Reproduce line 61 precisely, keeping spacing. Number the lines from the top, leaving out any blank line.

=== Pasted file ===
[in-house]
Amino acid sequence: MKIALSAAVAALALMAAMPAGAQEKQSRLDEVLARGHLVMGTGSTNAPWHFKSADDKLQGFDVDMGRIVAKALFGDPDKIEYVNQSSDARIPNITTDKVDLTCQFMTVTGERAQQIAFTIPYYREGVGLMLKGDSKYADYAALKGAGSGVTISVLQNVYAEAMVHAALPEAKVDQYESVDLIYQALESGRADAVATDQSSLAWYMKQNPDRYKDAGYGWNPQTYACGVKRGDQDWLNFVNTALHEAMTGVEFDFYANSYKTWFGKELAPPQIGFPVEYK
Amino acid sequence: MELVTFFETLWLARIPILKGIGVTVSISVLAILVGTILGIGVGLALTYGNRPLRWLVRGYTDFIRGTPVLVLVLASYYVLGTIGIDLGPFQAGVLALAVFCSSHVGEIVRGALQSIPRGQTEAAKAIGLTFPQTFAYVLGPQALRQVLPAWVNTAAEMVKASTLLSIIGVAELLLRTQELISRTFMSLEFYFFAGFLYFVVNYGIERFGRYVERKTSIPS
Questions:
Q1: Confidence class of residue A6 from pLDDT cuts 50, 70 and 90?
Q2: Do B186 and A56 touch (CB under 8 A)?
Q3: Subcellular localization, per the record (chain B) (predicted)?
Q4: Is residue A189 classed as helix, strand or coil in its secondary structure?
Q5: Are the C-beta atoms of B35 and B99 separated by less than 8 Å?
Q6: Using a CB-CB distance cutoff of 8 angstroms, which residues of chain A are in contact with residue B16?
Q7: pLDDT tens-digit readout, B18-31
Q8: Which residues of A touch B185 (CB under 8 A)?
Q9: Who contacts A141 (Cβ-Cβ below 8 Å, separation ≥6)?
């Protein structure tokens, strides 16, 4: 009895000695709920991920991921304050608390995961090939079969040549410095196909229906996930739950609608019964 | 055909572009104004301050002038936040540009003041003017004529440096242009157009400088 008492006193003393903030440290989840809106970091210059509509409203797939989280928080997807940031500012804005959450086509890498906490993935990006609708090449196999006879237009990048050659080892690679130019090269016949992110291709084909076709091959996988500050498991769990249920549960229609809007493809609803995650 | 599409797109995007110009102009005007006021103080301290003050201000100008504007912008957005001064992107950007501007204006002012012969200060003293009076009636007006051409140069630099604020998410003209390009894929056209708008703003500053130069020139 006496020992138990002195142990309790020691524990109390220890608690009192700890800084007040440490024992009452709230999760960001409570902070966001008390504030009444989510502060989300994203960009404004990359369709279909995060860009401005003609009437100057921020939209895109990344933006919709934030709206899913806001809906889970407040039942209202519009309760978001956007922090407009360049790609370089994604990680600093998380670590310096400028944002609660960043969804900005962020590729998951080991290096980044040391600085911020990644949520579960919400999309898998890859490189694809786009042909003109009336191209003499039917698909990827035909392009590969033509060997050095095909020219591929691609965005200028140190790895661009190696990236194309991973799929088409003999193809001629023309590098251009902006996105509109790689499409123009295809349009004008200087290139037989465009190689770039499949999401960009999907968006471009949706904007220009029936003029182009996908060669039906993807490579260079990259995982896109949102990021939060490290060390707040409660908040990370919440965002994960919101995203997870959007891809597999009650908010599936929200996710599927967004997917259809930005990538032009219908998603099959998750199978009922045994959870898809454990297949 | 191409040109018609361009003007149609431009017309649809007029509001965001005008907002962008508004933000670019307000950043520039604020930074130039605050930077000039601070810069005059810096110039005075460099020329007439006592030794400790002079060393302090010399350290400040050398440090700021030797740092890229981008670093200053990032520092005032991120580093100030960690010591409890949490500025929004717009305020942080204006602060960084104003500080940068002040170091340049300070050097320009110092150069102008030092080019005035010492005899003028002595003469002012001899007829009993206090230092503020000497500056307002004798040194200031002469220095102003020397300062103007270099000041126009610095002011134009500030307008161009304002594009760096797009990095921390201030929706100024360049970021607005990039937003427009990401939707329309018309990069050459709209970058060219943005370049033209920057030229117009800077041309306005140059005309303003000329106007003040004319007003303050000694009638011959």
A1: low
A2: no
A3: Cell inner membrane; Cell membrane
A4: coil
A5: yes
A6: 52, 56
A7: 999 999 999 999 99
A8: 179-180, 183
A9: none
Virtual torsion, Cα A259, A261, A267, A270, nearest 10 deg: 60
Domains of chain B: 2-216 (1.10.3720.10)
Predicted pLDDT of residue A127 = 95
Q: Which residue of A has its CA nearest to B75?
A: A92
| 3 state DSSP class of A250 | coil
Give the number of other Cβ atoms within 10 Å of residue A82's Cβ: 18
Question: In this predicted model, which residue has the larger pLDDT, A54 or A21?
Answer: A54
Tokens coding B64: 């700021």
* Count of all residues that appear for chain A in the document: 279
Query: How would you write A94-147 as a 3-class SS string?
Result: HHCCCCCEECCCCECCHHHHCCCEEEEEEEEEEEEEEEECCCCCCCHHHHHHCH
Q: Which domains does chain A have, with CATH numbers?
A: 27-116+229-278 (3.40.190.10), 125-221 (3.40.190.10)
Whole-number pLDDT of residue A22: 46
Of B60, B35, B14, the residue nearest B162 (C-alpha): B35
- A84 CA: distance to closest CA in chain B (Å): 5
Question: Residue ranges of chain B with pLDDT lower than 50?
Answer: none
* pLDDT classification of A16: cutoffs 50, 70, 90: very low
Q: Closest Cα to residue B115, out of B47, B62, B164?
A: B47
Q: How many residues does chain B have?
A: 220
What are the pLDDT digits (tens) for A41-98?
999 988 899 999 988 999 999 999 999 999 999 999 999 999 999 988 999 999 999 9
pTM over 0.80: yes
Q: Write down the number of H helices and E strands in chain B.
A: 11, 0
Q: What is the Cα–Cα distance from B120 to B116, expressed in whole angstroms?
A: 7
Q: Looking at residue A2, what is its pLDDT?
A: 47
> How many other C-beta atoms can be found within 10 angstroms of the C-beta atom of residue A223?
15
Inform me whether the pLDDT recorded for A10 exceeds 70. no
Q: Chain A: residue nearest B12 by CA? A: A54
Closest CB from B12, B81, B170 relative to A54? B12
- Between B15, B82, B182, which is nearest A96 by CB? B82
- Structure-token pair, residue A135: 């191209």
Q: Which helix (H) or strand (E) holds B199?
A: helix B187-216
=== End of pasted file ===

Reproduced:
Q: Chain A: residue nearest B12 by CA? A: A54